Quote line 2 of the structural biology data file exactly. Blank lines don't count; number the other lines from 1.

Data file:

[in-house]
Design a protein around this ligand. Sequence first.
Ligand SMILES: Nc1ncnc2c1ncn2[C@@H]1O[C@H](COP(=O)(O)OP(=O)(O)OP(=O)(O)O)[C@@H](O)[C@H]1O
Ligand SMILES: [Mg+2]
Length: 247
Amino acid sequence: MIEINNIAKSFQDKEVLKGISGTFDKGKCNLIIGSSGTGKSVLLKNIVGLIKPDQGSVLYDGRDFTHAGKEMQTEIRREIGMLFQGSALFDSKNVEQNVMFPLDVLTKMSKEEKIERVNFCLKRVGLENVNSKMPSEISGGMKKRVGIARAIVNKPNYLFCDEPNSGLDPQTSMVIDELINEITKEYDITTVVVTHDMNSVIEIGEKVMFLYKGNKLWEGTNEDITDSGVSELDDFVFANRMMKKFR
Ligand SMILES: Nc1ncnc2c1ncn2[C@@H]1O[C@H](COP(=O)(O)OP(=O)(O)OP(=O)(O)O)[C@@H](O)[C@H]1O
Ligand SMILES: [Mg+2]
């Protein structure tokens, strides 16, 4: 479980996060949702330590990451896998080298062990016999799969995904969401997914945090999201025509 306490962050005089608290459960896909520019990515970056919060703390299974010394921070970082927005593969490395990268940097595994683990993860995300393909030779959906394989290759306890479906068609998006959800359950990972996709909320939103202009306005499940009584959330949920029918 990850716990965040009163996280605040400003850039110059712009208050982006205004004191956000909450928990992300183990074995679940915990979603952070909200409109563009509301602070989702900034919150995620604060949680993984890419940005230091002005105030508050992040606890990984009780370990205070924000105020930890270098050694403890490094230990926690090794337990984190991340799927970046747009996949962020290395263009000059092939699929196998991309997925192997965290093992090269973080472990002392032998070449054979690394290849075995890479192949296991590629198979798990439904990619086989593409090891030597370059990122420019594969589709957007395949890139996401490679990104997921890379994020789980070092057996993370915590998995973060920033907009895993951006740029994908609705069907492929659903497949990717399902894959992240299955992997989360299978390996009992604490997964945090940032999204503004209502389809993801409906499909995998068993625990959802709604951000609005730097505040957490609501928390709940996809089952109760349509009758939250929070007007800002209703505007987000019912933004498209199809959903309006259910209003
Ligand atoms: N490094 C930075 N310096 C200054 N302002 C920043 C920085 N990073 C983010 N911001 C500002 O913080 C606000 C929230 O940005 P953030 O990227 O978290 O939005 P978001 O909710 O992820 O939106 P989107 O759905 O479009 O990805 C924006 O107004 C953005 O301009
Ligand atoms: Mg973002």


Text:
Design a protein around this ligand. Sequence first.